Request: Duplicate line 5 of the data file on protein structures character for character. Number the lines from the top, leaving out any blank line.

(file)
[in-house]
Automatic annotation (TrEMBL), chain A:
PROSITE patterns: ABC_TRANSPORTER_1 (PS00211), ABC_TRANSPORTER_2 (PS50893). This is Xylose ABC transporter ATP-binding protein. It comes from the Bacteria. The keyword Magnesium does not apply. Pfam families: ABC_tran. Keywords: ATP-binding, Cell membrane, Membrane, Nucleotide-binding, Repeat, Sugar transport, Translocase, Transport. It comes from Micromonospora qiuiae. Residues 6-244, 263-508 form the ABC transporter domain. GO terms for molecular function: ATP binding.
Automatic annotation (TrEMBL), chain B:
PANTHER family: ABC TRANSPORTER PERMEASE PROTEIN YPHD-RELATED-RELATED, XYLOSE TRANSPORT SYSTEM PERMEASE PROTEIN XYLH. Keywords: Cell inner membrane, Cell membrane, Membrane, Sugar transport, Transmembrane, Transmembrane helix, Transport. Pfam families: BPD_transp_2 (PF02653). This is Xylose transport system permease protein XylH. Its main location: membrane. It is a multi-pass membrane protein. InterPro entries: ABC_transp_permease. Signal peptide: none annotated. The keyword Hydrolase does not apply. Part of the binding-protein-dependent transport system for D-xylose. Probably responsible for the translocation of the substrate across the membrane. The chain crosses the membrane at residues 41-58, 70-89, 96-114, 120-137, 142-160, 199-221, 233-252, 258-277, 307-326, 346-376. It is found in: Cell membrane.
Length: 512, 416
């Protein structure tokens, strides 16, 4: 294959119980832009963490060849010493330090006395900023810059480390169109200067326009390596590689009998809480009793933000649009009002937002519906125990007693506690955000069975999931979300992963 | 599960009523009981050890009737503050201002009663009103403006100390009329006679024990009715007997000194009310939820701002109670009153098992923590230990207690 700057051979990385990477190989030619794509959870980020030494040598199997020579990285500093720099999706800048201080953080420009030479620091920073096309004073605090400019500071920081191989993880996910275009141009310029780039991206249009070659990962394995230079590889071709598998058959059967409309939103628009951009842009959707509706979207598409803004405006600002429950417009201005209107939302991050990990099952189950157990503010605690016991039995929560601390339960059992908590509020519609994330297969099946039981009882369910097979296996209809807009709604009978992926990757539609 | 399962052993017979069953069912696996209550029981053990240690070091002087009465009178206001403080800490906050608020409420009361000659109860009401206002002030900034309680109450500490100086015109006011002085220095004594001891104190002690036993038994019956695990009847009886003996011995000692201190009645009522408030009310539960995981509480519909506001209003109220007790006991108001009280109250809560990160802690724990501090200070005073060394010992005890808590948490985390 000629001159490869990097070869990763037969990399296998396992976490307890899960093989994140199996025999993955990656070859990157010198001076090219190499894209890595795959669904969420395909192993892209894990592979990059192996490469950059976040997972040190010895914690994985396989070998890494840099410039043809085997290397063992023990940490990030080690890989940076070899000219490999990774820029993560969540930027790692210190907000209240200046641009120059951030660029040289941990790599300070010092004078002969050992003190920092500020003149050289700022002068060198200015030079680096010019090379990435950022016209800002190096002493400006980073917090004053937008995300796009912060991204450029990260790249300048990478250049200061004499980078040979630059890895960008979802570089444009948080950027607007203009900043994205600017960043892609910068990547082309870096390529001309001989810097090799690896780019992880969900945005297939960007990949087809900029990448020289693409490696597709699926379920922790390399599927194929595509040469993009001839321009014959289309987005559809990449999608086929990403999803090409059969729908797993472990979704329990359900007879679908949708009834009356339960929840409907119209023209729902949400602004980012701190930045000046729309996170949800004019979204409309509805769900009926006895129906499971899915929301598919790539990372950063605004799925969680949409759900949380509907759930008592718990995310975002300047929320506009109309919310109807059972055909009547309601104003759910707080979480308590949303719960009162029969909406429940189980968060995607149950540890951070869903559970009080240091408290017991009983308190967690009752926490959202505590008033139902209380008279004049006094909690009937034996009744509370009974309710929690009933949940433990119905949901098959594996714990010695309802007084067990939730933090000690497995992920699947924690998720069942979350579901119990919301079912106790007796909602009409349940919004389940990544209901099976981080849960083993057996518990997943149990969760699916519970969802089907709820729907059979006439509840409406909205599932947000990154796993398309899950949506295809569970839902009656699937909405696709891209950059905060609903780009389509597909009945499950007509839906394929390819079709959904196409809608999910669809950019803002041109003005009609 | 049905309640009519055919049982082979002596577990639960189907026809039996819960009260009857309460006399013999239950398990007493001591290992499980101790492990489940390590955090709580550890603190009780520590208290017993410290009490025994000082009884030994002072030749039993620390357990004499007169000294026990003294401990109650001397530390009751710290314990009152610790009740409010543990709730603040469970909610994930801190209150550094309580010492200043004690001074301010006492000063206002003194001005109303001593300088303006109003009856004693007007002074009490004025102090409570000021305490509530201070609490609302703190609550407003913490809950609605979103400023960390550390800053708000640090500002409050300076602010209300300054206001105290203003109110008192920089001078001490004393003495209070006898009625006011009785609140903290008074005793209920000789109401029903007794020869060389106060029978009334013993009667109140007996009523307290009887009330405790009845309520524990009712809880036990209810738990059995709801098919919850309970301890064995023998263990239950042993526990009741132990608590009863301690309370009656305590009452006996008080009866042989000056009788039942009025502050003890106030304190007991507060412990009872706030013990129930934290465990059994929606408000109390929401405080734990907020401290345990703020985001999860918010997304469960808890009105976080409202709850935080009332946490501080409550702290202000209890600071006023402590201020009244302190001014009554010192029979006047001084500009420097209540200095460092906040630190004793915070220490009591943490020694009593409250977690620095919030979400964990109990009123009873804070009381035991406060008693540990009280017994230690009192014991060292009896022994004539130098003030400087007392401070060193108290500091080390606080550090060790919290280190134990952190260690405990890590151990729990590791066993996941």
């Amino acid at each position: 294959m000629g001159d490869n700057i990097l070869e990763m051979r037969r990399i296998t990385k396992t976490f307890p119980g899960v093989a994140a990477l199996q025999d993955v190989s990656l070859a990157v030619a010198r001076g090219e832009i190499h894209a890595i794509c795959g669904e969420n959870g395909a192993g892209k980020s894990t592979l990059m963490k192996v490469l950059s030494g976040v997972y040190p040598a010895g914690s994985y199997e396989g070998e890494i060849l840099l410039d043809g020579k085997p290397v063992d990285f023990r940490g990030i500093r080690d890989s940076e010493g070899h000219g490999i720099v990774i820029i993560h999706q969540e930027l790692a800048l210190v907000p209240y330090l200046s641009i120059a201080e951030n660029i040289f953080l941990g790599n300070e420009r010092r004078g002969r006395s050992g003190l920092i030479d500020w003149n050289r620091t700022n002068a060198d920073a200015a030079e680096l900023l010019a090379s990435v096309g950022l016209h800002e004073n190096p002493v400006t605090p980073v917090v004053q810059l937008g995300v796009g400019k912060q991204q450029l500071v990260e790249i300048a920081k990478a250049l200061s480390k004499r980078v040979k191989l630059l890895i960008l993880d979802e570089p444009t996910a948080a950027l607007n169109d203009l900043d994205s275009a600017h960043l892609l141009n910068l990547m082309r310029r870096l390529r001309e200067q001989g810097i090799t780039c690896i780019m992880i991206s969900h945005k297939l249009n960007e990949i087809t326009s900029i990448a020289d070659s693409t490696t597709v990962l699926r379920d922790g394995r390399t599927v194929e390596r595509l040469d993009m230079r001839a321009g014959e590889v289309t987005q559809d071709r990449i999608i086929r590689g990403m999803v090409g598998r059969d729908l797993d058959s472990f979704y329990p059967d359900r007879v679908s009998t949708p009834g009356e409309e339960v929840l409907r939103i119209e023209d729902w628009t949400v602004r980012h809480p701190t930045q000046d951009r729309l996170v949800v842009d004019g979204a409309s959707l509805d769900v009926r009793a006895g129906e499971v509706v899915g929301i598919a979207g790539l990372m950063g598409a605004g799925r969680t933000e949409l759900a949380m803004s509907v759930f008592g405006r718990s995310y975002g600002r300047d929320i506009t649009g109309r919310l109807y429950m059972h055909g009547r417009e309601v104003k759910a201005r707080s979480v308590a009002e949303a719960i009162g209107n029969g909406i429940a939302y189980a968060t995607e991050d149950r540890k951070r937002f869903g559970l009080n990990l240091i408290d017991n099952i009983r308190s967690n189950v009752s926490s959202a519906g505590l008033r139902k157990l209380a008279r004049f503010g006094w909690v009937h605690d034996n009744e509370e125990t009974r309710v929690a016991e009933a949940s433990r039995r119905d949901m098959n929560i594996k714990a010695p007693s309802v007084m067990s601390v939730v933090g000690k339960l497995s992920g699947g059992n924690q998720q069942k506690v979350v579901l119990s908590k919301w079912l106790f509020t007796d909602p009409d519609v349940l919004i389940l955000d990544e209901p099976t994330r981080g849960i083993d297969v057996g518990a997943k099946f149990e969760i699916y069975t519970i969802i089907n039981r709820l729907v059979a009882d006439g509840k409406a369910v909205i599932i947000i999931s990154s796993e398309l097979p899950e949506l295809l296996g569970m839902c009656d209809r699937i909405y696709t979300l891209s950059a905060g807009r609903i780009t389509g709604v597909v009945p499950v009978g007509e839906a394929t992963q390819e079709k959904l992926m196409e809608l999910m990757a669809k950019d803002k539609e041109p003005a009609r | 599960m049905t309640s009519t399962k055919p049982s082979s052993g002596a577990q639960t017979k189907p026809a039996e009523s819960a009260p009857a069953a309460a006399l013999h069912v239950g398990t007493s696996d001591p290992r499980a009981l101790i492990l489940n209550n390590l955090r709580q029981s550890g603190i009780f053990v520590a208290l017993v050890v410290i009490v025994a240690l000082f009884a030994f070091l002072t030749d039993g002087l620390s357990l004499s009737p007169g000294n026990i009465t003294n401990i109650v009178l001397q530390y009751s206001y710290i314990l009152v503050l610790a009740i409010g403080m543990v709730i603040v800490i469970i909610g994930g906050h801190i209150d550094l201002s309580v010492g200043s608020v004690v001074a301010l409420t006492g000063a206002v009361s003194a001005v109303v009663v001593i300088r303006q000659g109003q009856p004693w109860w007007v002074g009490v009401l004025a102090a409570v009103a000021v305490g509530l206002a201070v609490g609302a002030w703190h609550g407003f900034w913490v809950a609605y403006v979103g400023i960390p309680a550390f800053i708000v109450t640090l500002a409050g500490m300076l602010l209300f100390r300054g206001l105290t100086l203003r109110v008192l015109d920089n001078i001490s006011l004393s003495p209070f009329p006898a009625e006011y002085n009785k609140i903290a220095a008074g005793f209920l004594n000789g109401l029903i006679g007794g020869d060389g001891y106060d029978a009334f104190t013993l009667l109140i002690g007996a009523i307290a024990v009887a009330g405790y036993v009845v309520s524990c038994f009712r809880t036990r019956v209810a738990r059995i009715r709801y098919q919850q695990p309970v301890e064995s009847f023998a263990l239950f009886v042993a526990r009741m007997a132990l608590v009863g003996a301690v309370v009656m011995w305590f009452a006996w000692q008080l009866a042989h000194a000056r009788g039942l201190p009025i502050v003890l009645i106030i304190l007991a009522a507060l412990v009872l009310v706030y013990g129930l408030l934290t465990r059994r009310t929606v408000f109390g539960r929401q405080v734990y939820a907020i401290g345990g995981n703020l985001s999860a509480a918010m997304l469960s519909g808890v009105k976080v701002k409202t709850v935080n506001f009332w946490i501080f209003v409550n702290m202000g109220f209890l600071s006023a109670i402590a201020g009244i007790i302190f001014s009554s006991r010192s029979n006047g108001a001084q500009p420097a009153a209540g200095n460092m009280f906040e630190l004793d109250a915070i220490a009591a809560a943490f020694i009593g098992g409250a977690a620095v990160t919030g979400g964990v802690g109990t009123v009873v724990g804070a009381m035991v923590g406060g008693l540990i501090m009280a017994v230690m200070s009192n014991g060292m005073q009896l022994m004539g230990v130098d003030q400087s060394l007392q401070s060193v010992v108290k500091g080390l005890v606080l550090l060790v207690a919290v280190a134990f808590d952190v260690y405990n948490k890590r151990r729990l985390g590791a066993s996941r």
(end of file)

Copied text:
PANTHER family: ABC TRANSPORTER PERMEASE PROTEIN YPHD-RELATED-RELATED, XYLOSE TRANSPORT SYSTEM PERMEASE PROTEIN XYLH. Keywords: Cell inner membrane, Cell membrane, Membrane, Sugar transport, Transmembrane, Transmembrane helix, Transport. Pfam families: BPD_transp_2 (PF02653). This is Xylose transport system permease protein XylH. Its main location: membrane. It is a multi-pass membrane protein. InterPro entries: ABC_transp_permease. Signal peptide: none annotated. The keyword Hydrolase does not apply. Part of the binding-protein-dependent transport system for D-xylose. Probably responsible for the translocation of the substrate across the membrane. The chain crosses the membrane at residues 41-58, 70-89, 96-114, 120-137, 142-160, 199-221, 233-252, 258-277, 307-326, 346-376. It is found in: Cell membrane.